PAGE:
Upcoming policy issue

The American Jobs Plan

The American Jobs Plan is an investment in America that will create millions of good jobs, rebuild our country’s infrastructure, and position the United States to out-compete China. Specifically, President Biden’s plan will:

What Will the FCC Do Next with Lifeline?

What constitutes a lifeline in 2021? Is it a phone? A smartphone? A fixed-location broadband connection? Or some combination of all these services?

Why is the FCC Talking about a USF Cap?

The Benton Foundation unequivocally opposes any proposals from the Federal Communications Commission that would allow the FCC to shirk its responsibilities to meet its Congressionally-mandated mission. The FCC is supposed to ensure:

The FCC Ignores Reality in 5G Proposal

The Coalition for Local Internet Choice and the National Association of Telecommunications Officers and Advisors asked for my view of the Federal Communications Commission’s pending order, proposing to cap the fees that state and local governments may charge for small-cell attachments. According to the FCC’s draft order, these price‐caps will save the industry $2 billion in costs to operate in metropolitan areas—which will translate into $2.5 billion in new wireless investment, primarily in rural areas. Here are my concerns:

Regulatory Oversight and Privacy Policy for an Open Internet Ecosystem

In my previous post, I highlighted four reasons why the U.S needs a unified policy framework for an open Internet ecosystem: 1) lack of competition/incentive and the ability to discriminate; 2) collection of and control over personal data; 3) lack of transparency; and 4) inadequacy of current laws and enforcement. Many of these problems can be addressed with targeted legislative and regulatory interventions.

The U.S. Needs a New Policy Framework for an Open Internet Ecosystem

[Analysis] In a new article for the Georgetown Law Technology Review, I seek to jumpstart a conversation about how to shape an Internet ecosystem that will serve the public interest. First, let me lay out the rationale for a new, unified policy framework for an open Internet: 1) Lack of Competition/Incentive and Ability to Discriminate, 2) Collection of and Control over Personal Data, 3) Lack of Transparency, and 4) Inadequacy of Current Laws and Enforcement.

Statement of Chairman Ajit Pai On Sinclair/Tribune Transaction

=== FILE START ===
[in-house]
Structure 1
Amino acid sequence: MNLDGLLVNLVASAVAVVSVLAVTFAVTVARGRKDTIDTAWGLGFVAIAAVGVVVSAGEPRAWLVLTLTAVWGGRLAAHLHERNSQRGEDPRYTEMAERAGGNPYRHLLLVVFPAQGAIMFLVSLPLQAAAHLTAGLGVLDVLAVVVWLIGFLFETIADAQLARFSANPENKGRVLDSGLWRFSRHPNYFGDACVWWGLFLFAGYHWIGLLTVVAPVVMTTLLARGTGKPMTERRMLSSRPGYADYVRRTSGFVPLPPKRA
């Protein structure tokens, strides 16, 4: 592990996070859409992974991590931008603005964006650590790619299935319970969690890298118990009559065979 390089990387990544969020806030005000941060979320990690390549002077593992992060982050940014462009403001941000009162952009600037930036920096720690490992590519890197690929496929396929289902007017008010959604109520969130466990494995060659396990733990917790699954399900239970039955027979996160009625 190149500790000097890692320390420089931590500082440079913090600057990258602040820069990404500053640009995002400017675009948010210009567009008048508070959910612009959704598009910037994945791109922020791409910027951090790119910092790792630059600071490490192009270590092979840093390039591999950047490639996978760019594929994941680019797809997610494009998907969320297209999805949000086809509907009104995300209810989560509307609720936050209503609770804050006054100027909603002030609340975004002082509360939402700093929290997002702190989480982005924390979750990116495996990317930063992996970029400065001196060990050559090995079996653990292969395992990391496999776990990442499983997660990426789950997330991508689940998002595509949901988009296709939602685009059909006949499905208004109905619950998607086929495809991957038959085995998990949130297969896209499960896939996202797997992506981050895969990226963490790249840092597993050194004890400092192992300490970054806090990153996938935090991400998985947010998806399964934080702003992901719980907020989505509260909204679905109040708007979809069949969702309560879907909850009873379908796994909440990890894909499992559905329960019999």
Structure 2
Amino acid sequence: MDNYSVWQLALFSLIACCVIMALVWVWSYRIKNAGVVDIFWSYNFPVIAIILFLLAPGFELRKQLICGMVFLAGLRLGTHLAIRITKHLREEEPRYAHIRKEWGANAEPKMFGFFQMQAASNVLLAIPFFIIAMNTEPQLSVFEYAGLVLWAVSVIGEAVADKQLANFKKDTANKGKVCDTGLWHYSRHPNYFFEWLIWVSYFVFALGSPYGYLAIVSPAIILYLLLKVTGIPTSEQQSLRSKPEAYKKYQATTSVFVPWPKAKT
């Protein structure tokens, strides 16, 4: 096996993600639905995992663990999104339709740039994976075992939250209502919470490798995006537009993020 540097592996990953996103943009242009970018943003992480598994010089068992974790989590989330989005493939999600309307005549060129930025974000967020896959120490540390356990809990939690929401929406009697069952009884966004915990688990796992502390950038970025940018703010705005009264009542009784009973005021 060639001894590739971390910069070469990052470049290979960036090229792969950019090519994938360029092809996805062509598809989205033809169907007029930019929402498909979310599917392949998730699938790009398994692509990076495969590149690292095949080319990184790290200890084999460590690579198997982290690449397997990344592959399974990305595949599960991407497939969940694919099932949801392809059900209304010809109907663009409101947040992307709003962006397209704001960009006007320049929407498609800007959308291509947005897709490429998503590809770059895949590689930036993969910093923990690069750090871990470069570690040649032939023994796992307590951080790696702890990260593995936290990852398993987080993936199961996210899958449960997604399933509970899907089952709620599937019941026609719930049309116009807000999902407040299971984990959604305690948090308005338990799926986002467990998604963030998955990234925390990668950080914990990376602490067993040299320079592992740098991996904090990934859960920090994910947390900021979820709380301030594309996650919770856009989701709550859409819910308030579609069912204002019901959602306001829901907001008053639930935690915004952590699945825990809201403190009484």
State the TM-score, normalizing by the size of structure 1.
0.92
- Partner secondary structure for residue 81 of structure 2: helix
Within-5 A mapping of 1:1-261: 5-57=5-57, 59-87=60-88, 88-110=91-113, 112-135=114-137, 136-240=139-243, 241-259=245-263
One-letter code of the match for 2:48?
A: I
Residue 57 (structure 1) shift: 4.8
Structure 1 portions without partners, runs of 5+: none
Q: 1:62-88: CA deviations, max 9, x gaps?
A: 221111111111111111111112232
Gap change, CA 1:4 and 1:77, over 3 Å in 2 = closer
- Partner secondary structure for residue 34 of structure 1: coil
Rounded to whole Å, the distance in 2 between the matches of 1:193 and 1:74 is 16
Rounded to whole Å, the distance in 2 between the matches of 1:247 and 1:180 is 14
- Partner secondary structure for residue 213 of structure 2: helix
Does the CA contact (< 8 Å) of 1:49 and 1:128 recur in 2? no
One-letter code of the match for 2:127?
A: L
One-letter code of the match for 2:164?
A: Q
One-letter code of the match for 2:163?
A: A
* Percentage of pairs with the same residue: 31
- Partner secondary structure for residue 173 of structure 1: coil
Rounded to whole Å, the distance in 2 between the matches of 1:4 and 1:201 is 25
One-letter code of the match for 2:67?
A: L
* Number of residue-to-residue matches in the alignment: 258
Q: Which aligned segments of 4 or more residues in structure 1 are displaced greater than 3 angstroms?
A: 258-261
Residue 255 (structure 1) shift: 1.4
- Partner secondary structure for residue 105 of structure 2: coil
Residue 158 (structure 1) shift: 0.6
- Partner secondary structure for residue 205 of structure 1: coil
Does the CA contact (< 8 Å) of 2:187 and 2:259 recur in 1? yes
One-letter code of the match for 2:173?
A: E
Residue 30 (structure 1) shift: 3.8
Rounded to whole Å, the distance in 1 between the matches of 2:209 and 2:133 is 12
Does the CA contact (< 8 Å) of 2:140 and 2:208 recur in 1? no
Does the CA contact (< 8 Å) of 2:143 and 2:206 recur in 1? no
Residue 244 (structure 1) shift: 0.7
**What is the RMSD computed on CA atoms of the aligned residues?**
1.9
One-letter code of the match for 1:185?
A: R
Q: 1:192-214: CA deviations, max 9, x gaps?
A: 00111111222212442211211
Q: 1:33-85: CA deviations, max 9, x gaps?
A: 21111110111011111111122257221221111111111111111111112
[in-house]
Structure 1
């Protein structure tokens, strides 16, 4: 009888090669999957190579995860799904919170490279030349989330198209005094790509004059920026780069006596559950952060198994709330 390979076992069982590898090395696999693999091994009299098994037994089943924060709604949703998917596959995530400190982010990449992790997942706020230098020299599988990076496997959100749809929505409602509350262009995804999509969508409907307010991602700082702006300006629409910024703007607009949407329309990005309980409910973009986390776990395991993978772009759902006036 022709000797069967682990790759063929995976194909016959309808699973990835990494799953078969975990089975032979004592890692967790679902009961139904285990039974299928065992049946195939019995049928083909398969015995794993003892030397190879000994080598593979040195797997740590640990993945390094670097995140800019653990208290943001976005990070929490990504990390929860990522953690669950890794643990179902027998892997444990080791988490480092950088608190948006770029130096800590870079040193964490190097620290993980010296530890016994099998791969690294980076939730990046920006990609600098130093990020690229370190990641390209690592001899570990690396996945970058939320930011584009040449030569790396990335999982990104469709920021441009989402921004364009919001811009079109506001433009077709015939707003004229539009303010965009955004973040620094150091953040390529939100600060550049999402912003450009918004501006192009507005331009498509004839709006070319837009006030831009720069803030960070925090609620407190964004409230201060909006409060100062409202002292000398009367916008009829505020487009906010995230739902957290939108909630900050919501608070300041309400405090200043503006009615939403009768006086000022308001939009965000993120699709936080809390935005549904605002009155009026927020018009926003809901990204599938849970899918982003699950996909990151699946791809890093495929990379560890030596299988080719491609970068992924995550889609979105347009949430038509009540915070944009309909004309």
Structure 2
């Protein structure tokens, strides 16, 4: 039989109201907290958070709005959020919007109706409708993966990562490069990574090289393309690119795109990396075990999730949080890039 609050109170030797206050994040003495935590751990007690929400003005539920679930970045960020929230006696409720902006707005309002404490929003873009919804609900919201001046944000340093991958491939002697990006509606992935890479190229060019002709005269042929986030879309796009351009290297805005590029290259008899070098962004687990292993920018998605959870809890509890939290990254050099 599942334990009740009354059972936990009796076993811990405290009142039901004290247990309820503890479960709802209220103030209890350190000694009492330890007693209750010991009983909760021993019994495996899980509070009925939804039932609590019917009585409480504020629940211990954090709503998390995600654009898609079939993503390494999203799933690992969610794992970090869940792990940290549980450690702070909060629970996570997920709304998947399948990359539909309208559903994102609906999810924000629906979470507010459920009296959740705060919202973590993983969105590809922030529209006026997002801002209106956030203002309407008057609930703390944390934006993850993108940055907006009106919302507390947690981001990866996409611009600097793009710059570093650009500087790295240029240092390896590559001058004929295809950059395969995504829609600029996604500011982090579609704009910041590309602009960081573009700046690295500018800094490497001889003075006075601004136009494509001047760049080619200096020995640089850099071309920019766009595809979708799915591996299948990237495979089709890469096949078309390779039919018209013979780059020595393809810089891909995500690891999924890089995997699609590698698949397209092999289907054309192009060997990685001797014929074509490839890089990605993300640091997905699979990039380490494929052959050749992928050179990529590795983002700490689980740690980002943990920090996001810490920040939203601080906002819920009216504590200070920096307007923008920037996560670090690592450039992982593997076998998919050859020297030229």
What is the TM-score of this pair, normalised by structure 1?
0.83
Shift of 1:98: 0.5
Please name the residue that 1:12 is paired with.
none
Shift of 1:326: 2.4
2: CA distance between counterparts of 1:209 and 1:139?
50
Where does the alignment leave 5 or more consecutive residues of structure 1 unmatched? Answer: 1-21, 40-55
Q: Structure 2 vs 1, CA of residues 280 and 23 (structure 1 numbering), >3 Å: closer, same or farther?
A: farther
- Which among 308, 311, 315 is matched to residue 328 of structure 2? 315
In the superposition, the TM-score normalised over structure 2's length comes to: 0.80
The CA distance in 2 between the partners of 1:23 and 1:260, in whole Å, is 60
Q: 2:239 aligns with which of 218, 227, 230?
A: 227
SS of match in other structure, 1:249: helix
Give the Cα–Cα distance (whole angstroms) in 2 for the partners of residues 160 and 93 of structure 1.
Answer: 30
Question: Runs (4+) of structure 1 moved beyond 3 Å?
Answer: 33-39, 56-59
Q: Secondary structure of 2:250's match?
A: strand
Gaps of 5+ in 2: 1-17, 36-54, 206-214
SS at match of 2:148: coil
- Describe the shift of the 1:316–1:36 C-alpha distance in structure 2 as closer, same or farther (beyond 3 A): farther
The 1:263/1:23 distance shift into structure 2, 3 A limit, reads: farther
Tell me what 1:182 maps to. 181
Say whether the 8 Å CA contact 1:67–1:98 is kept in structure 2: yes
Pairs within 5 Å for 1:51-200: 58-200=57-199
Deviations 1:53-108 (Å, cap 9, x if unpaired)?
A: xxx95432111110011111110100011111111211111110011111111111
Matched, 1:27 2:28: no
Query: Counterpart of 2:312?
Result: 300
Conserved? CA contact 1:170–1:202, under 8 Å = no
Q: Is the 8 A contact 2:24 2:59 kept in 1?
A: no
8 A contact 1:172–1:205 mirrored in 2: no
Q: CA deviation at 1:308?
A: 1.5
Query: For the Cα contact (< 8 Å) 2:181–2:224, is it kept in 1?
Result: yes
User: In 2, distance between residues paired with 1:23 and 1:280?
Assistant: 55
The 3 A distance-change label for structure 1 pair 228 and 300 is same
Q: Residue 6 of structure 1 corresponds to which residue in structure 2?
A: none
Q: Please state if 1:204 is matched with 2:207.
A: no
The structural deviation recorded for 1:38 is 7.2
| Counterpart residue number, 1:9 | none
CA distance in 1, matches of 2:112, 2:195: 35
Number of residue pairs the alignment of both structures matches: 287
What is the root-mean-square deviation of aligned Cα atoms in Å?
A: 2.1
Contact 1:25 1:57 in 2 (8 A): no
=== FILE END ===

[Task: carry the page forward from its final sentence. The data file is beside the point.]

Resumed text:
Based on a thorough review of the record, I have serious concerns about the Sinclair/Tribune transaction. The evidence we’ve received suggests that certain station divestitures that have been proposed to the FCC would allow Sinclair to control those stations in practice, even if not in name, in violation of the law. When the FCC confronts disputed issues like these, the Communications Act does not allow it to approve a transaction. Instead, the law requires the FCC to designate the transaction for a hearing in order to get to the bottom of those disputed issues.

The federal government is rolling out record amounts of broadband funding. It could be just the beginning

The new broadband affordability programs [the Emergency Broadband Benefit Program and the Emergency Connectivity Fund] are just temporary — and advocates say lawmakers need to develop a long-term program that will ensure low-income Americans can afford the Internet. “We’re not going back to 2019,” said Benton Senior Fellow and Public Advocate Gigi Sohn. “The digital divide doesn’t end when the pandemic ends.

Now is the Time to Get the Questions Right

For those of us who spent the last four years fighting a totally depressing battle against the last Administration’s nuclear attack on the public interest, springtime has brought the hope of rebirth, regeneration, and reform.   In media and telecom (my beat) we already see the budding of policies and programs to reverse the nation’s embarrassing broadband shortfalls.  Broadband is now seen as essential infrastructure, as important to twenty-first-century life as electricity was to the twentieth.  Not only that, but understanding broadband as a civil right seems to be taking hold.  Better la

How the homework gap may actually be the key to solving our digital divide

Beyond supporting students, information being collected by schools across the country could prove useful when addressing the problem of the digital divide. The work to close the so-called homework gap, exacerbated when the coronavirus pandemic shut down schools and forced 50 million students to suddenly adopt remote learning, could also provide the federal and state governments a roadmap toward fixing the broader digital divide problem. The homework gap is a subset of a much larger d